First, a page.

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August 4, 2015

By Chelsea Lewis, Vermont Agency of Agriculture, Food & Markets

Boston-based Vermonters looking for a taste of home won’t have to travel far when Harlow’s Vermont Farm Stand opens in the Boston Public Market, which officially opened its doors July 30.                               

The Boston Public Market is the only locally-sourced market of its kind in the United States. Everything sold at the Market will be grown in or originate from New England.

Harlow’s Vermont Farm Stand inside the Market will feature Vermont favorites such as apples from Champlain Orchards and caramel sauce from Fat Toad Farm. In addition to a wide variety of fresh produce from Harlow Farm in Westminster, Vt., the state’s world-renowned, artisanal cheesemakers will be well-represented, including Vermont Creamery, Plymouth Artisan Cheese, Lazy Lady Farm, and Shelburne Farms.

“From carrots and cauliflower, to parsnips, peppers and fresh-cut herbs—we’re incredibly proud of the quality of our produce, and we’re thrilled to be able to offer it to our friends and neighbors in Boston,” said Paul Harlow of Harlow Farms. The farm stand will also offer Vermont specialty foods such as maple syrup, oils and vinegars, and summer salsa. A wide range of ready-to-eat soups will be available to go.

“Vermont has always been at the forefront of the farm-to-table movement,” said Chuck Ross, Secretary of the Vermont Agency of Agriculture, Food, and Markets. “People who visit the farm stand at Boston Public Market will be supporting Vermont’s family farmers and helping to maintain our working landscape. It’s a great way to stay connected to a very special place.”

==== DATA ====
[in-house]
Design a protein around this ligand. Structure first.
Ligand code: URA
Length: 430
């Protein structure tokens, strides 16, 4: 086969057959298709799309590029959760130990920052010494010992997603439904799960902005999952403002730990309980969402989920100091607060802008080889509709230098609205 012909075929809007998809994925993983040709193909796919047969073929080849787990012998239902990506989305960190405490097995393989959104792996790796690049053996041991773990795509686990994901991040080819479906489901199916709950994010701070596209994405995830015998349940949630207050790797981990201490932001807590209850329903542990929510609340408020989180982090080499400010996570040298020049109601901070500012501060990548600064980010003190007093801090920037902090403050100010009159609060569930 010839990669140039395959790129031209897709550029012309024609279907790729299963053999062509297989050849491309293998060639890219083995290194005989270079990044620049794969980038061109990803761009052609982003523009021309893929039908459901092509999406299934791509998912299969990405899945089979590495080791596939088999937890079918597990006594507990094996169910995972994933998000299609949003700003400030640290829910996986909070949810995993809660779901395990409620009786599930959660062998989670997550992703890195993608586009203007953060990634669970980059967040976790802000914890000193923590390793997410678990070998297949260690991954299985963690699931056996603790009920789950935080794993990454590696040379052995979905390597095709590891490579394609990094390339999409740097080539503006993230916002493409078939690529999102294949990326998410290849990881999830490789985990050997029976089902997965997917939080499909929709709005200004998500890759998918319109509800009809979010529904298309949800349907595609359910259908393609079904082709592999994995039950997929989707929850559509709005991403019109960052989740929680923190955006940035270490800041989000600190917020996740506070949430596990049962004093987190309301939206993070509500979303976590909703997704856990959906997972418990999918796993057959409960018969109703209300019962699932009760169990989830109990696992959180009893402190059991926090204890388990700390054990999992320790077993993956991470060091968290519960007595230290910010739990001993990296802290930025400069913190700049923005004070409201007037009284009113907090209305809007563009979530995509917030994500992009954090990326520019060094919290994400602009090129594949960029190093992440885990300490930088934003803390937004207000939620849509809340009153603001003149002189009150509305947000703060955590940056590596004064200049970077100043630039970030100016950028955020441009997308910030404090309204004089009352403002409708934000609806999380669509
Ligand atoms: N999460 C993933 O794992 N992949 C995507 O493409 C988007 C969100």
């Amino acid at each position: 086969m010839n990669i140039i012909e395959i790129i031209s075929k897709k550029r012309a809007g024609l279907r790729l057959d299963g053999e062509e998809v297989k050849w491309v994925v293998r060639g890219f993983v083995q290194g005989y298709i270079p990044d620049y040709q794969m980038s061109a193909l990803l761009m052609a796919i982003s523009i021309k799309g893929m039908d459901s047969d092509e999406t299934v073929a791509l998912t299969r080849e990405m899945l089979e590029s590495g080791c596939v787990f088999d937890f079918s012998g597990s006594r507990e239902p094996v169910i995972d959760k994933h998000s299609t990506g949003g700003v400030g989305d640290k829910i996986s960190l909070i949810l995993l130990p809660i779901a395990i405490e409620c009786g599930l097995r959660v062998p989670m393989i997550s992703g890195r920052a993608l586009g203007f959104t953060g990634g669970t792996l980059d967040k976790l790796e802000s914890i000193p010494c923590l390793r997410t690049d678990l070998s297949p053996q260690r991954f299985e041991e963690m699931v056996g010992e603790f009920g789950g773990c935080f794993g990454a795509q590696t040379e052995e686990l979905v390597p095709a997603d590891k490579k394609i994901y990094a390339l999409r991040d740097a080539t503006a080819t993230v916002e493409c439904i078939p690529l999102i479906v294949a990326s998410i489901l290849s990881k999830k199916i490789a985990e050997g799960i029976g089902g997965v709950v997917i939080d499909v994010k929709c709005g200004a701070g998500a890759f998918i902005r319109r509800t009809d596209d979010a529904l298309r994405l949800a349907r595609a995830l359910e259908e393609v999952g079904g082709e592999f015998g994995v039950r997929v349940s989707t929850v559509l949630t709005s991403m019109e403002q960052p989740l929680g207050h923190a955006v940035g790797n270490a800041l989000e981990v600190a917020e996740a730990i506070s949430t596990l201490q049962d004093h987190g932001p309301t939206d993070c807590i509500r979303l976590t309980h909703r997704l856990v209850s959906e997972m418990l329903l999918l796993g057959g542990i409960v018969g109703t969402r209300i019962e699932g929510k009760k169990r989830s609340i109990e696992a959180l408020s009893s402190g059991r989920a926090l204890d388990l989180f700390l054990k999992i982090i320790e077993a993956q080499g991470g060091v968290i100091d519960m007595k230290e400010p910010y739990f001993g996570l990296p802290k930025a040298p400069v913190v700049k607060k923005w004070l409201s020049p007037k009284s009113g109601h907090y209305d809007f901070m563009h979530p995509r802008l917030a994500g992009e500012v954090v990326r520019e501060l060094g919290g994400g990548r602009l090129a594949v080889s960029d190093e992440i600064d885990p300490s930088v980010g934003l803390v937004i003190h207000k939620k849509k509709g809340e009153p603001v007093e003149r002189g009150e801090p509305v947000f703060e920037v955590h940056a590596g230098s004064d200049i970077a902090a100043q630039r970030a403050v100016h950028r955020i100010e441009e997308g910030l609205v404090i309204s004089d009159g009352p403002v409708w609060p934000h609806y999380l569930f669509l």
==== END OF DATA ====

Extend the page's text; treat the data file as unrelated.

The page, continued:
Located at 100 Hanover Street above the Haymarket MBTA station, the Boston Public Market will be open Wednesday-Sunday, 8 am-8 pm, as of July 30. Harlow’s Vermont Farm Stand was made possible by a collaboration among the Vermont Agency of Agriculture, Food and Markets; the Vermont Agency of Commerce and Community Development; and Harlow Farm. 

This project was advanced by the Agency of Agriculture’s “Domestic Export Program,” which helps local producers expand their market beyond the state of Vermont. The program is administered in collaboration with the Vermont Agency of Commerce and Community Development. For more information about The Domestic Export Program, contact Reg Godin at Reg.Godin@state.vt.us or (802) 522-3648.  For more information about Boston Public Market, please visit www.bostonpublicmarket.org